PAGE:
Just Say No to Crank
What a harrowing read! Crank
is based on author Ellen Hopkins' daughter descent into drug addiction -- her dance with the "monster" otherwise known as methamphetamine.
I wish I didn't read the spoiler in the author's note because I knew what awaited Kristina, the good-girl-turned-drug-addict. And it wasn't pretty.
The writing is in verse. At first I wasn't sure I'd like it but then the raw emotion of the poetry drew me in. I think poetry is actually the perfect choice for a descent into hell like this. It made the fall faster and more horrifying. Here Kristina contemplates seeking the monster again:And it occurred to me for one uneasy moment
that every move I had made lately might have
started a landslide.
What if I couldn't go back? What if I died in the crash?
Almost immediately, the monster soothed
me, confused me with a deeper question
What if the ride was worth it?
Hopkins perfectly captures the angel and devil sitting on the addict's shoulder. Sure, drug addiction is hell, but who wants to be an angel all the time? What if the fall down to hell is fun and free?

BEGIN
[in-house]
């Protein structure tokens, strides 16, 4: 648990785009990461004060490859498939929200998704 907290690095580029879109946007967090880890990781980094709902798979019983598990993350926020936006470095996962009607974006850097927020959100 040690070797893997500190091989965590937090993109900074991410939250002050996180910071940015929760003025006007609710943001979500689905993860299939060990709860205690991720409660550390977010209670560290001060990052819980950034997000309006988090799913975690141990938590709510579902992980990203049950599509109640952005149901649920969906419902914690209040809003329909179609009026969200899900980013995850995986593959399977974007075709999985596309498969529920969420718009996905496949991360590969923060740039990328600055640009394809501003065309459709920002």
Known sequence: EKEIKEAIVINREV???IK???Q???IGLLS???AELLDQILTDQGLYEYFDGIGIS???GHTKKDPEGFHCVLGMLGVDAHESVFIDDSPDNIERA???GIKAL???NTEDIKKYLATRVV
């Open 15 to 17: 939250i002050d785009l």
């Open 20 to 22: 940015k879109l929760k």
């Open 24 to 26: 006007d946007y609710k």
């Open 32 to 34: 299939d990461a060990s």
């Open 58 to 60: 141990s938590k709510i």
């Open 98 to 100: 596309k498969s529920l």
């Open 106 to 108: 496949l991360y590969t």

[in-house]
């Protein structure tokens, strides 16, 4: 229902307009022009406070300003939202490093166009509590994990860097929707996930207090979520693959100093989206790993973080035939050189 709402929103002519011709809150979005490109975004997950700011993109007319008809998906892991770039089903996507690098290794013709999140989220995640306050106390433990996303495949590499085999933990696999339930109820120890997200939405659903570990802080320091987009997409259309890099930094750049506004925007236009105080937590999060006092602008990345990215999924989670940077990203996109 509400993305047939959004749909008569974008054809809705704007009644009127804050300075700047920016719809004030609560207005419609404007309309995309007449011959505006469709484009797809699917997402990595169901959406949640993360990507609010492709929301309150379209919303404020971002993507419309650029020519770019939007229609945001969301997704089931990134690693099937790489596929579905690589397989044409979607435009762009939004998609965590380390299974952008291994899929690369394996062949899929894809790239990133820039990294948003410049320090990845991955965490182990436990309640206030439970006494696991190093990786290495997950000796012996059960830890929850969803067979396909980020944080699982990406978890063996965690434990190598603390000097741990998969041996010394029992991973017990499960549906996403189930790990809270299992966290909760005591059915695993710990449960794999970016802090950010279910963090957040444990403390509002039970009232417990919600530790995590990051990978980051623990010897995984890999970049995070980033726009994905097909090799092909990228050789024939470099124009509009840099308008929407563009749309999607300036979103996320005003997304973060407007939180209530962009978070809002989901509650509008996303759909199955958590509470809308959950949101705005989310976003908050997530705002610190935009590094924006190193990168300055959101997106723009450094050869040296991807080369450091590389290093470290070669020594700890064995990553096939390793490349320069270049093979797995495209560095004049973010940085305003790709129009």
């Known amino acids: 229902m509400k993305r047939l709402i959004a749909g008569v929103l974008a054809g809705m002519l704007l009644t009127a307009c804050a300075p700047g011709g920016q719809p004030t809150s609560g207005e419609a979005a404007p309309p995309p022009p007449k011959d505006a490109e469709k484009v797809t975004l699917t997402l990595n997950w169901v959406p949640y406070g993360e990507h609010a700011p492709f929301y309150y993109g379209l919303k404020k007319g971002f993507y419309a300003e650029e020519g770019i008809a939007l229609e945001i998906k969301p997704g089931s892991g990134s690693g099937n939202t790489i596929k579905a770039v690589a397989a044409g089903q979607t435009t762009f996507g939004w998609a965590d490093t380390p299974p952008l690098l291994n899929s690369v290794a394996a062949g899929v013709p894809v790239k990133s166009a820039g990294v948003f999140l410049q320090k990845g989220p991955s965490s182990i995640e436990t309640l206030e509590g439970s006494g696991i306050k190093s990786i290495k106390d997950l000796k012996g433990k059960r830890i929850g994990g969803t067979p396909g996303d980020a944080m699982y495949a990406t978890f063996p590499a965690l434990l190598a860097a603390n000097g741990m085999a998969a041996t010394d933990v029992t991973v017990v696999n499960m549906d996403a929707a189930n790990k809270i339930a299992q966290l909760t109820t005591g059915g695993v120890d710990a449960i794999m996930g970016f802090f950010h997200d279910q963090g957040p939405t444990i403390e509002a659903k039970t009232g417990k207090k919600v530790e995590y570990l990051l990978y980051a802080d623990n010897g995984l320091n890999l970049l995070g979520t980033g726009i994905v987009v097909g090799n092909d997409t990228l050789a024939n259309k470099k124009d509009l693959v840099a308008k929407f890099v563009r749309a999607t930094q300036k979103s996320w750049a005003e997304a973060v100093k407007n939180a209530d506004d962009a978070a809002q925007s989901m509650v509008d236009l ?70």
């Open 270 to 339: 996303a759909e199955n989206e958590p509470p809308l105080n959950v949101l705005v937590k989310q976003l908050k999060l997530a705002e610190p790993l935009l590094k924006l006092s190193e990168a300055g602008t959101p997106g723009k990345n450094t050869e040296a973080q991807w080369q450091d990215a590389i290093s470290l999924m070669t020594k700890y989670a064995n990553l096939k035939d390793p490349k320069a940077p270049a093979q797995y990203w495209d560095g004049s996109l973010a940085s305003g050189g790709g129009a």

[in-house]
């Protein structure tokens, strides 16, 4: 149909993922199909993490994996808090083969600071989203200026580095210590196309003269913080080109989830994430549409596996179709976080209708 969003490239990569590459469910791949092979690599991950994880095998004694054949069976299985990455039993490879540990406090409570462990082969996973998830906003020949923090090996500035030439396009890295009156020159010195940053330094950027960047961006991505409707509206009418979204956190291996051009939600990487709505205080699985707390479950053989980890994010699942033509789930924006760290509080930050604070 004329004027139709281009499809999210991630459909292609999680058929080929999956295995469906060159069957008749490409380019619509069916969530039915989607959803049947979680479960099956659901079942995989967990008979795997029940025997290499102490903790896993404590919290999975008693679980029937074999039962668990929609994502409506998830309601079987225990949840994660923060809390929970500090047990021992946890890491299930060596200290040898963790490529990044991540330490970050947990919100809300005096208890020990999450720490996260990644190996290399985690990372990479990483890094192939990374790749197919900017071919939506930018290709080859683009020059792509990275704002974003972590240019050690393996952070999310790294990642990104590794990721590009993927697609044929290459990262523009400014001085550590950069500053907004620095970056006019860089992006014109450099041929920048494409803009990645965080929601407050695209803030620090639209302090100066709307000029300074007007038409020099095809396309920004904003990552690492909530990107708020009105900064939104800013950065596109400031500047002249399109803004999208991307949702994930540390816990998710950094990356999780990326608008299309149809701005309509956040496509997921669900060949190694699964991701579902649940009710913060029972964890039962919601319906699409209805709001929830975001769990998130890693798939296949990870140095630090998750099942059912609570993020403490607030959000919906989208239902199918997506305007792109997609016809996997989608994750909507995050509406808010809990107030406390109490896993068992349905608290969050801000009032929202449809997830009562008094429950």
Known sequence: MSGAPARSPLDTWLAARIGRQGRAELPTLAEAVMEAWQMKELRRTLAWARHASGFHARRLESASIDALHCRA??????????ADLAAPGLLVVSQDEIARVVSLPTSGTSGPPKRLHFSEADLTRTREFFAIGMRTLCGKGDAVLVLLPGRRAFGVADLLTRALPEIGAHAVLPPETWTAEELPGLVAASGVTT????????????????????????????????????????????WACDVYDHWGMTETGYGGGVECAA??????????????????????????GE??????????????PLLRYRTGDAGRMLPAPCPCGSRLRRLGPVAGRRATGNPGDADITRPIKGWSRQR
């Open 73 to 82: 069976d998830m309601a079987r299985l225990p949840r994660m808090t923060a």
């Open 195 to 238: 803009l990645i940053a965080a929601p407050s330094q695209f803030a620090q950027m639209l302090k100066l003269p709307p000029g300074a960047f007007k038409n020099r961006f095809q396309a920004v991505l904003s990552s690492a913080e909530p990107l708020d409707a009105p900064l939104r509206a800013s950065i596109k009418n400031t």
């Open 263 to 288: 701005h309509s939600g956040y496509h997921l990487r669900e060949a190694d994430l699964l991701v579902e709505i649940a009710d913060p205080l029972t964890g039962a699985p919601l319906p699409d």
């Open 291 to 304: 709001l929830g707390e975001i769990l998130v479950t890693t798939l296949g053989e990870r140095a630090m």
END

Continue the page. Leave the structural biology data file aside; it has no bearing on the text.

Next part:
Question to those who have read this: what does GUFN mean? Kristina refers to GUFN when she gets grounded but I missed the explanation.
Kristina's father is an addict himself, and his abuse/neglect infuriated me. Her mother and stepfather Scott try to stop her from using, but they battle an uncontrollable monster.Mom and Scott believed
they'd bitten the bullet
Little did they know
I hadn't yet fired
off the full
Another aspect of addiction is tolerance . . . needing more and more of the substance to feel high, until you use not to feel good but just to get to baseline. The way meth destroys the brain, pretty soon nothing
brings pleasure.You know how spotting an eagle
cruising low over
or watching a baby finally master
of walking makes you glow all over?
You know how singing a beautiful song
with dead-on pitch,
or getting every test answer right,
including the extra credit
makes you feel like you could take on the world?
Somewhere on my stroll
with the monster.
I'd lost these things.
Kristina loses just about everything. To answer her earlier question, I don't think it was worth it. Not at all. But this read is definitely worth it. It's gripping, gritty, and real.